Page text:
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Your child will undergo medical tests from the moment they are born. Most of these tests are simply to determine their general health and development. Others are conducted when an illness or problem is suspected. While their doctor will generally keep you informed about what tests and shots are needed, it’s always good to inform yourself as well. Here are some of the most common tests and treatments.
Despite claims that vaccinations are potentially dangerous to children’s health, doctors who specialize in preventive health recommend a full course of vaccines for children starting at one month of age. Unless they are in a high-risk category and need to have their vaccines postponed.
It’s necessary to weigh the risks and benefits yourself to make an informed decision. Vaccines are surrounded by controversy. Some people adamantly refuse vaccines and others make their child’s appointments like clockwork,
For children under 12, these vaccinations include:
Doctors also recommend an annual flu vaccine for all children. After age 12, a tetanus booster every 10 years is standard. The Centers for Disease Control and Prevention (CDC) also recommends that all children be immunized for the human papillomavirus (HPV), which is the most common sexually transmitted infection.
Your child should have their first vision screening before age 5, even if you haven’t noticed any eye problems. Your doctor will usually do basic eye tests at yearly physicals. If there is a problem, an early eye exam will ensure you catch it before it becomes serious.
When your child’s first tooth appears, it’s time to rejoice. It’s also time to see a dentist. Early examinations will help protect your child’s teeth and set up a lifetime of good dental health. The American Dental Association (ADA) recommends children have their first dental appointment within six months of getting their first tooth and no later than their first birthday. Follow the first trip with semiannual visits for teeth cleaning and exams.
High cholesterol and high blood pressure aren’t adult-only diseases. Children and babies can have these health conditions too. The American Academy of Pediatrics (AAP) recommends all children between the ages of 9 and 11 be screened for high cholesterol. Your pediatrician will also likely begin annual blood pressure tests around age 3.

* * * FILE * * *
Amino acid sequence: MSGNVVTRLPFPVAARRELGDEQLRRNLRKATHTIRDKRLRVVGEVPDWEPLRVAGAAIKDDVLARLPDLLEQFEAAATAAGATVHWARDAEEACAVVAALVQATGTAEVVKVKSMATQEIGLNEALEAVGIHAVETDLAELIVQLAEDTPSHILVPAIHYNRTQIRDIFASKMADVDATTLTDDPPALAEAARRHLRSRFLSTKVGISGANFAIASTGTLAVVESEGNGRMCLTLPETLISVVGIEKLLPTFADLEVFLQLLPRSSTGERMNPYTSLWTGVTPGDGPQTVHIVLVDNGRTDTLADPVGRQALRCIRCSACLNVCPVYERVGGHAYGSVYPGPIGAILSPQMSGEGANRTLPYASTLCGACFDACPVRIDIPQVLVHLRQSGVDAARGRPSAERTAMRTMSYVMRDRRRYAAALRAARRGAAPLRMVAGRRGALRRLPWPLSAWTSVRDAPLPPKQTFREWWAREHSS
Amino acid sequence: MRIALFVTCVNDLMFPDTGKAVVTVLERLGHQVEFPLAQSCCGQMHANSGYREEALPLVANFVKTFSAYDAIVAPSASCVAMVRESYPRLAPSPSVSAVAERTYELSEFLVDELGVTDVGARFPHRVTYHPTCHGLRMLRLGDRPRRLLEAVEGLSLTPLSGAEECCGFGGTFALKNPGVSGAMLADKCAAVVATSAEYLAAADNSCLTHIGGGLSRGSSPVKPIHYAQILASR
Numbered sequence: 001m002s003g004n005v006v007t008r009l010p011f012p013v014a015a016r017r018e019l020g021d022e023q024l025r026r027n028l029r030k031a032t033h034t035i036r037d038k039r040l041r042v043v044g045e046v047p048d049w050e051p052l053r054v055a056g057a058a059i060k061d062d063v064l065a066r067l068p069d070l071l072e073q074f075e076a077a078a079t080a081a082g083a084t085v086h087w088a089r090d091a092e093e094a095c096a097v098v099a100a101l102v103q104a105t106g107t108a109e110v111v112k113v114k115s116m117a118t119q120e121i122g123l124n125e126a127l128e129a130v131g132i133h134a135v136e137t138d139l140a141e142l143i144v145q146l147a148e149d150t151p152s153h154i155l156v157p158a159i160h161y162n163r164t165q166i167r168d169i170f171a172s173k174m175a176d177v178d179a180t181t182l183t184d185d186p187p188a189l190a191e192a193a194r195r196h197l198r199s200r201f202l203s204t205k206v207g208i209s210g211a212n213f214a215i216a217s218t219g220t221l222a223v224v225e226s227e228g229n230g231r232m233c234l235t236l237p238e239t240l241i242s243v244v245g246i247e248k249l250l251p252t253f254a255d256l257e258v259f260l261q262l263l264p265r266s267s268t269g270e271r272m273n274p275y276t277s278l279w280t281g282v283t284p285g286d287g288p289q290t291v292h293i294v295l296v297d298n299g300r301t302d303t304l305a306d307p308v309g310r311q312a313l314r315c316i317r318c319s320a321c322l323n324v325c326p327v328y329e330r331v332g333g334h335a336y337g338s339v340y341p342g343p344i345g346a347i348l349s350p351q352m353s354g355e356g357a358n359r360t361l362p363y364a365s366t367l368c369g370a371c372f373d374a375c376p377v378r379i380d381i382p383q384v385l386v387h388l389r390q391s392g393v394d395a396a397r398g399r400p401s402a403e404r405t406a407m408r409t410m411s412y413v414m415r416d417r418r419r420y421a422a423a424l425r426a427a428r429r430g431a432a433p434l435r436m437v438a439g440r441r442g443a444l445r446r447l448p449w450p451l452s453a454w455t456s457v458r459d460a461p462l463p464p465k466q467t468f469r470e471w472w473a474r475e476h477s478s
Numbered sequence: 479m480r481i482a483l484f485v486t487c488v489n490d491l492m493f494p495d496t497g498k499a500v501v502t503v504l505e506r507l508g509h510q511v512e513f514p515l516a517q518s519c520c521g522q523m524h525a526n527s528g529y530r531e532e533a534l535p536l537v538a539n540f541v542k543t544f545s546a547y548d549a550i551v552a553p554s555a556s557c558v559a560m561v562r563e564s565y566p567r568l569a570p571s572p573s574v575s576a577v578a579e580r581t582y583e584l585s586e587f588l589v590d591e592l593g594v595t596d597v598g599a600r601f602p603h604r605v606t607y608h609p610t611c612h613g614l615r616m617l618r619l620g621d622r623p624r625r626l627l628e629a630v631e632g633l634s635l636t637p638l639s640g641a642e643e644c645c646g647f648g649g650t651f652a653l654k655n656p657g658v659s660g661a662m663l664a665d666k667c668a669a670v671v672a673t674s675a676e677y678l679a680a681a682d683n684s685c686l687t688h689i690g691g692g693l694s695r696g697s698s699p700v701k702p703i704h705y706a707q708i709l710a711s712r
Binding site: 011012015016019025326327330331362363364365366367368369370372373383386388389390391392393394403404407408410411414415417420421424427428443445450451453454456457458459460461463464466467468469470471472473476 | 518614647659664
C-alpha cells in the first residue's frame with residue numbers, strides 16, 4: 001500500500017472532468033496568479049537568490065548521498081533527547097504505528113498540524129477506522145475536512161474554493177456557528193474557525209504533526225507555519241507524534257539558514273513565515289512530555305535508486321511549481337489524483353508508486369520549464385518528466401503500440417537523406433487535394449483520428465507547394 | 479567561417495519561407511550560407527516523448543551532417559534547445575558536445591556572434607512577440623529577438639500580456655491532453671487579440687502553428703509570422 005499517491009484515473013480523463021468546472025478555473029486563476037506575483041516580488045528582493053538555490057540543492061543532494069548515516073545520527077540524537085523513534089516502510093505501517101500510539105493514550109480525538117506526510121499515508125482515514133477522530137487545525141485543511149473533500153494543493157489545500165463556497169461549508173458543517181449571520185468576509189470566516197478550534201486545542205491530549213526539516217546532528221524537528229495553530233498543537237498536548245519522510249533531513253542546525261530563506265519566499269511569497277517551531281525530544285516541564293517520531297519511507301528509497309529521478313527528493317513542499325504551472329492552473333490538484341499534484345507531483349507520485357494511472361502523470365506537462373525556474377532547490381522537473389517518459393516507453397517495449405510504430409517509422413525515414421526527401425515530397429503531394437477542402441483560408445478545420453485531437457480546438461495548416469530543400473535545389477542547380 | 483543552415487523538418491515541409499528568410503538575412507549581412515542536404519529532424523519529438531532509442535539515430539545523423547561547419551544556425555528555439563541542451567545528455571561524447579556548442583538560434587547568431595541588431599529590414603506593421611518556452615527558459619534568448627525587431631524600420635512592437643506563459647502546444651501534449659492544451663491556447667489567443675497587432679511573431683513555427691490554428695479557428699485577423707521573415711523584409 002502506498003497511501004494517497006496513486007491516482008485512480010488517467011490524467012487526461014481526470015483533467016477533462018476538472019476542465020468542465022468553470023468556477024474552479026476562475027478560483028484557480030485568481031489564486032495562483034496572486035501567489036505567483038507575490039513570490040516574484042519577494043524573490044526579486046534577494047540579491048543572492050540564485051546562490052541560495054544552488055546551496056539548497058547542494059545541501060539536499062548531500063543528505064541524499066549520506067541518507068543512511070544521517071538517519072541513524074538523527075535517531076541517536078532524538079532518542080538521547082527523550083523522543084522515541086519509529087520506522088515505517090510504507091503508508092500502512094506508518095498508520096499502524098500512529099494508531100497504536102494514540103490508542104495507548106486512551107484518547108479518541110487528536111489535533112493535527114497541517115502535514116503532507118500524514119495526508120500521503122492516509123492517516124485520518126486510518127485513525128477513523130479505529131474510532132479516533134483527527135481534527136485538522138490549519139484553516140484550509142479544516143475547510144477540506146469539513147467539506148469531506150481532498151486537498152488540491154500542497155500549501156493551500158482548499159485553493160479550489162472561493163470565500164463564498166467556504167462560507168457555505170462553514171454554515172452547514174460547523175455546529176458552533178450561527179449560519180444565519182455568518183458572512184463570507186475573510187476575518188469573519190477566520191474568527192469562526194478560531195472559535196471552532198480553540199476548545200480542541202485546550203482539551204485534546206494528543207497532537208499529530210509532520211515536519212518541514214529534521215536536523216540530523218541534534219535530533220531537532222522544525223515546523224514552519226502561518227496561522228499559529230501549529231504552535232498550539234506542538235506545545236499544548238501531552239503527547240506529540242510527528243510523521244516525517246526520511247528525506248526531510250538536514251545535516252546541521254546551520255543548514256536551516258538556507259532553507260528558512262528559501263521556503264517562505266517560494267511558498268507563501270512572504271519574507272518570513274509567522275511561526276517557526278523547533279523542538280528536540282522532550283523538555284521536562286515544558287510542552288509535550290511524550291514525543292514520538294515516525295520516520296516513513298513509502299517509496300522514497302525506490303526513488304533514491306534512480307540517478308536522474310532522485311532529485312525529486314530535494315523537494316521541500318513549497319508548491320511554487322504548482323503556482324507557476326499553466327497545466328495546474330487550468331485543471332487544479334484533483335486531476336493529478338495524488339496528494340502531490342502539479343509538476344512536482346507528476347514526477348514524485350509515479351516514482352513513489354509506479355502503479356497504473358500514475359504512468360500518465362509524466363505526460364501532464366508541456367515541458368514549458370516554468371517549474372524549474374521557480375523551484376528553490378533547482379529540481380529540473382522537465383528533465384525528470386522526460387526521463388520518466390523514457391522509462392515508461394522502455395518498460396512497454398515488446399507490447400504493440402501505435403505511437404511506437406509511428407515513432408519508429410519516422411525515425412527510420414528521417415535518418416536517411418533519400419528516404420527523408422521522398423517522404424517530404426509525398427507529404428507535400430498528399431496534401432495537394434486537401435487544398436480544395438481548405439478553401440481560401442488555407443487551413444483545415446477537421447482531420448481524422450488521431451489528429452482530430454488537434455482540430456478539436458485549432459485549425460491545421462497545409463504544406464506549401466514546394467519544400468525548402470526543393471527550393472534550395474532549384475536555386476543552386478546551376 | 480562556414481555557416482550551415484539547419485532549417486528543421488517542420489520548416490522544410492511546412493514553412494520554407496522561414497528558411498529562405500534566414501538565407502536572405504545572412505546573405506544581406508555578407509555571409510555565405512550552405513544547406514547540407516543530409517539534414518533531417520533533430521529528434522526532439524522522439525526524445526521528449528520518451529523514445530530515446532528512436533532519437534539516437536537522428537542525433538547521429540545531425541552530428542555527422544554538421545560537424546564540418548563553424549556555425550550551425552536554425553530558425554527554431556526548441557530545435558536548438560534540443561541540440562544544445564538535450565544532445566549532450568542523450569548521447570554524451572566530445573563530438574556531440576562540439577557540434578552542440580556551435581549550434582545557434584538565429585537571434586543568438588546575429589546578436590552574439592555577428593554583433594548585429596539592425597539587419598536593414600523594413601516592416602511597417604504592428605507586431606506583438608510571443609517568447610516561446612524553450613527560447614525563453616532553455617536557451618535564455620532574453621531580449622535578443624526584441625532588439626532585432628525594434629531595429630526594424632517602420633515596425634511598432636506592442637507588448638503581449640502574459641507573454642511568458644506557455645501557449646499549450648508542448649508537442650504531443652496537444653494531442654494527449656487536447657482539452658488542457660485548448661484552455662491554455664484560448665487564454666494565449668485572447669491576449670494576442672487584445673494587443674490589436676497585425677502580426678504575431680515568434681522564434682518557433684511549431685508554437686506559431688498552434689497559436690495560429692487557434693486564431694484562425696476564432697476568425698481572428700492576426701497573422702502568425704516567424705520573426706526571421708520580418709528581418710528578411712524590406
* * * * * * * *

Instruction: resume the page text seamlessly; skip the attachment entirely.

Your child’s body mass index (BMI) may be the best way to track his or her overall growth and development. BMI is calculated by multiplying weight (in pounds) by 703, and then dividing by height (in inches) squared. Your child’s doctor will monitor their growth at each appointment, whether they are there for a physical or for illness.
Kids in this age range should get a yearly checkup or physical. This gives your child’s doctor ongoing view of your child’s health and enables the doctor to notice any dramatic changes. This appointment also affords your child the chance to talk to a health professional about his or her changing body.
Teenagers and adolescents are at temperamental stages in their lives. As their hormones change, there’s no escaping that. There’s also no escaping the fact that many of them no longer confide in their parents about problems. Many doctors provide an emotional screening during the annual physical. If you are concerned about your teen’s mood or demeanor or notice signs of an eating disorder, make an appointment to talk with someone.
Many middle and high schools provide annual scoliosis screenings to check students for abnormal curvatures of the spine. This is a simple test where the doctor feels your spine through your clothing. It’s important that young people have this screening. Scoliosis usually first appears during or following the prepuberty growth spurt.
The American Congress of Obstetricians and Gynecologists (ACOG) recommends each young woman have her first gynecological visit between the ages of 13 and 15, regardless of sexual activity. This doesn’t mean she will have her first pelvic exam or Pap smear. Instead, the first visit lays the groundwork for future visits and provides an opportunity for the doctor to discuss periods, cramps, sex, and birth control needs.
Other tests, treatments, and screenings may arise as your child grows and experiences possible illness or risks. These, however, represent the most common.
Written by: the Healthline Editorial Team
Medically reviewed on: Oct 03, 2014: George Krucik, MD, MBA
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